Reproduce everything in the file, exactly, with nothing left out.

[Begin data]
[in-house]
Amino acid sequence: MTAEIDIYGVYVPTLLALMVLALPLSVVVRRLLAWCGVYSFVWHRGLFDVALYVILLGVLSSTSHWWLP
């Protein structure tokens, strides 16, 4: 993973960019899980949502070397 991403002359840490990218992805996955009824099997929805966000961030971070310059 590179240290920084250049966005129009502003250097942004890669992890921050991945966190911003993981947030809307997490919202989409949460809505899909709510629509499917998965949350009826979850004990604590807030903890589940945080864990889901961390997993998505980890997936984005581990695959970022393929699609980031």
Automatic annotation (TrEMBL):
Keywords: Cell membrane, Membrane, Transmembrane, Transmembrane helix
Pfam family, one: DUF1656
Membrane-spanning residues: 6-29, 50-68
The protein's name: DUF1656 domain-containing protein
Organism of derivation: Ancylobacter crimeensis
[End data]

[in-house]
Amino acid sequence: MTAEIDIYGVYVPTLLALMVLALPLSVVVRRLLAWCGVYSFVWHRGLFDVALYVILLGVLSSTSHWWLP
């Protein structure tokens, strides 16, 4: 993973960019899980949502070397 991403002359840490990218992805996955009824099997929805966000961030971070310059 590179240290920084250049966005129009502003250097942004890669992890921050991945966190911003993981947030809307997490919202989409949460809505899909709510629509499917998965949350009826979850004990604590807030903890589940945080864990889901961390997993998505980890997936984005581990695959970022393929699609980031």
Automatic annotation (TrEMBL):
Keywords: Cell membrane, Membrane, Transmembrane, Transmembrane helix
Pfam family, one: DUF1656
Membrane-spanning residues: 6-29, 50-68
The protein's name: DUF1656 domain-containing protein
Organism of derivation: Ancylobacter crimeensis